Dispatches from the Sweet Life: One Family, Five Acres, and a Community’s Quest to Reinvent the World
by William Powers ’93 (New World Library)
Lured by the hope of sidestepping the hectic pace of the American Dream, Powers, a senior fellow at the World Policy Institute, moved his wife and infant daughter from Manhattan to five hillside acres in a small Bolivian town at the foot of the Andes. They were looking for a slower life with a smaller carbon footprint in a community striving for self-sufficiency. While the couple had spent time in Bolivia before, actually living there turned out to be a far more complex adventure than they first imagined—complete with insect invasions and cultural clashes.
Joines Vocational School for Ghost Speakers & Hearing-Mouth Children
by Shelley Jackson ’94 MFA (Black Balloon)
Jane Grandison, who is 11 and stutters, has been invited to live at The Sybil Joines Vocational School for Ghost Speakers & Hearing-Mouth Children. In addition to being the headmistress, Joines can travel back and forth to the land of the dead. Her students, once they learn the basics of “necrophysics,” are also able to channel the voices of the dead, including Mary Shelley, Nathaniel Hawthorne, and Edgar Allan Poe. A grand and ambitious gothic novel with a murder at its core that’s told through letters, documents, and dispatches from the other side.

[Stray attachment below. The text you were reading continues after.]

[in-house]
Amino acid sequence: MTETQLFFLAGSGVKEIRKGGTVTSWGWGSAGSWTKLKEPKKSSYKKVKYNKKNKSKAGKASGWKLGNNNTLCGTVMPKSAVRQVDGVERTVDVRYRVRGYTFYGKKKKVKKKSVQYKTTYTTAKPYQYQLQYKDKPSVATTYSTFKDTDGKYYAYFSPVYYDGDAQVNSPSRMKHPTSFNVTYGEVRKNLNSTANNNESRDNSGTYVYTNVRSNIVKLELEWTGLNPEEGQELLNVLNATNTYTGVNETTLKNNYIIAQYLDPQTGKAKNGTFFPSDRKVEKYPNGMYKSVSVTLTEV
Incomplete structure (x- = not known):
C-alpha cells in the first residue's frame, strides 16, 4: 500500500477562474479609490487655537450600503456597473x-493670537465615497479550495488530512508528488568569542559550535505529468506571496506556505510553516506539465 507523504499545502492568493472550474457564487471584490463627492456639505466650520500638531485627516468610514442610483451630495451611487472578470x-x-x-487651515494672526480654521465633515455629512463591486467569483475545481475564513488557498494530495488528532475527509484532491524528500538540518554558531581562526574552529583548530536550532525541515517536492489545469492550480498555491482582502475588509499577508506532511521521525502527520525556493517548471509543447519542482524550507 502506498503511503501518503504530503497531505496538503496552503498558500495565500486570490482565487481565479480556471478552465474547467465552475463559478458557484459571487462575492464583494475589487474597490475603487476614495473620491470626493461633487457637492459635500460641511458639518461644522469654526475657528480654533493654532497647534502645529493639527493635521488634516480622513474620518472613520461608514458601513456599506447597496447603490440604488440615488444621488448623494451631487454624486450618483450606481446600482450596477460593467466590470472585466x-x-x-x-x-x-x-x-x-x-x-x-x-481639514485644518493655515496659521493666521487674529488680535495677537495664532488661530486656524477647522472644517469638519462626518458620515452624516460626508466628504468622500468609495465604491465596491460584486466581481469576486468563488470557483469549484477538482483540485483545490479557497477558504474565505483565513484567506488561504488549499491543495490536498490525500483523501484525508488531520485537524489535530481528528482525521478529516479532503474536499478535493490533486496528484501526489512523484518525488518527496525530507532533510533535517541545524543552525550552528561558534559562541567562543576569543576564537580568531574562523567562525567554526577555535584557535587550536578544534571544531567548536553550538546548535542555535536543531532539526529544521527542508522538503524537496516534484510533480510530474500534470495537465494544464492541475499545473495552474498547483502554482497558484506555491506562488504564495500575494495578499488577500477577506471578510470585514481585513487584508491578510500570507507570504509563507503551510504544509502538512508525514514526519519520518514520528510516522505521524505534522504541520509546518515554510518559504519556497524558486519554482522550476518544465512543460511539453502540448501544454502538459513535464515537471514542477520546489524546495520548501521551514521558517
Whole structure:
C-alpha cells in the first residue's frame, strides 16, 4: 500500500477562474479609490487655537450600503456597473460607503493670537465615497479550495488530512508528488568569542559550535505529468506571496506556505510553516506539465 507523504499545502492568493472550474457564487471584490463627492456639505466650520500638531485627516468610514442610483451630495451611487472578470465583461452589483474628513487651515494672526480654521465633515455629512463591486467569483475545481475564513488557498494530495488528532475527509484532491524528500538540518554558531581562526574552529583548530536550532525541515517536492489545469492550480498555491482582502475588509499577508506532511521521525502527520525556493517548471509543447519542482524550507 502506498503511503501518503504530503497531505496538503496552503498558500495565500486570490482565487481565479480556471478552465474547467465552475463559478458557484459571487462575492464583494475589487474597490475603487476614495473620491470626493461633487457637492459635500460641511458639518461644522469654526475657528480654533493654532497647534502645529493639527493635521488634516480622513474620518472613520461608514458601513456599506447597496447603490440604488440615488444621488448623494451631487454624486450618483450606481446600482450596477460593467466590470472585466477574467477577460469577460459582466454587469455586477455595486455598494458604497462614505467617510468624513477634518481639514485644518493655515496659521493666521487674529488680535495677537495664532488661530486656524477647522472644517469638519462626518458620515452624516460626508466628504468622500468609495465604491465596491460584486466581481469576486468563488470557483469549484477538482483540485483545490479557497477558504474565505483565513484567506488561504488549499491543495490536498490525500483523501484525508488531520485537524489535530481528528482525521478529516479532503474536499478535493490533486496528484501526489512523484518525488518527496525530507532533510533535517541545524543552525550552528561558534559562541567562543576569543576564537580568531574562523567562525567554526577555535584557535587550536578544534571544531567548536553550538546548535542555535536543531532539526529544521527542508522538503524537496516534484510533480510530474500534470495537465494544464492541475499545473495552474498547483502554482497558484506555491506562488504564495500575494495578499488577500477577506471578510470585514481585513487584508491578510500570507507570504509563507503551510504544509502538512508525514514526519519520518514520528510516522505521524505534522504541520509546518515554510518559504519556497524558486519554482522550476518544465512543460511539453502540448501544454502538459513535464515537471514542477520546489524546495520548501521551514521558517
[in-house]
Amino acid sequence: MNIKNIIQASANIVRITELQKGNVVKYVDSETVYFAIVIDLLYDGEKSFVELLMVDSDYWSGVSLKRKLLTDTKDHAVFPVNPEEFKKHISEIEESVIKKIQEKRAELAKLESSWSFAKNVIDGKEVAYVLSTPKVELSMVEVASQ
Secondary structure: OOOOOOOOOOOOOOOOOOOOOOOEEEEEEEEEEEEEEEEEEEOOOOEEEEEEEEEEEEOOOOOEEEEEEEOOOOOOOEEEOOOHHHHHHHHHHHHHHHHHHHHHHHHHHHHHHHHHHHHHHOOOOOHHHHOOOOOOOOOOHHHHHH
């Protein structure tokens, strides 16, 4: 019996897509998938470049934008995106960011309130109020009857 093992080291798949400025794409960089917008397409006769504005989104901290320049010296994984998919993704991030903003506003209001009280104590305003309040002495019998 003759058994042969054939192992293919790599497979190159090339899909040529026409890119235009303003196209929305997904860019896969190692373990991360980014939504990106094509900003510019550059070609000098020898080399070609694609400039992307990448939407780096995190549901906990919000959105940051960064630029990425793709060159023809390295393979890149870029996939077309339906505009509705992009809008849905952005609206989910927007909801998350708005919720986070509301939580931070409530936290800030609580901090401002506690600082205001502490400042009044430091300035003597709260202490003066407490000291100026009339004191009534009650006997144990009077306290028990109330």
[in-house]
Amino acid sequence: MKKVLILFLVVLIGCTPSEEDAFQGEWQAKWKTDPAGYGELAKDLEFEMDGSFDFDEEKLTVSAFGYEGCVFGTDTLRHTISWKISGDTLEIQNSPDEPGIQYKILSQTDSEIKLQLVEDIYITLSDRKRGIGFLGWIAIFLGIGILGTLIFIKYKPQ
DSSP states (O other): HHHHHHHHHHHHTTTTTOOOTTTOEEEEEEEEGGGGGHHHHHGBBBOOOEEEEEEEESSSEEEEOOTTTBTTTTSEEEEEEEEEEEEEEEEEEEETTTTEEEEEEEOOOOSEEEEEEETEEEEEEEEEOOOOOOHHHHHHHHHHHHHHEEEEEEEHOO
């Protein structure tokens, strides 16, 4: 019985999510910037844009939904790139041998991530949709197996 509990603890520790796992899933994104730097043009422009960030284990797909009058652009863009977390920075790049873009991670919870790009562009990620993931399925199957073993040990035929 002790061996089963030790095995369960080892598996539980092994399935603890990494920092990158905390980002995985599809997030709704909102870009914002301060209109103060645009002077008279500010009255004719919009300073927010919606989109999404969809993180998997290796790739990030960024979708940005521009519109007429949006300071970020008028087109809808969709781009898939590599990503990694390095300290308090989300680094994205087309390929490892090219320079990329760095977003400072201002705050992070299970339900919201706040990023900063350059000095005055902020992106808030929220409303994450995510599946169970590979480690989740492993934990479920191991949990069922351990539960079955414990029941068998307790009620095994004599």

Technicolored: Reflections on Race in the Time of TV
by Ann DuCille ’91 PhD (Duke)
DuCille, an emerita professor of English at Wesleyan, writes that her latest work was “born of a year of living dangerously in front of the television set.” The result is a book that hopscotches between memoir and cultural criticism as DuCille looks back at 60 years of television through the lens of race. She finds that stereotypes of African Americans on TV, as villains and victims, are as commonplace today as they were decades ago. It becomes, she argues, yet another form of racial profiling.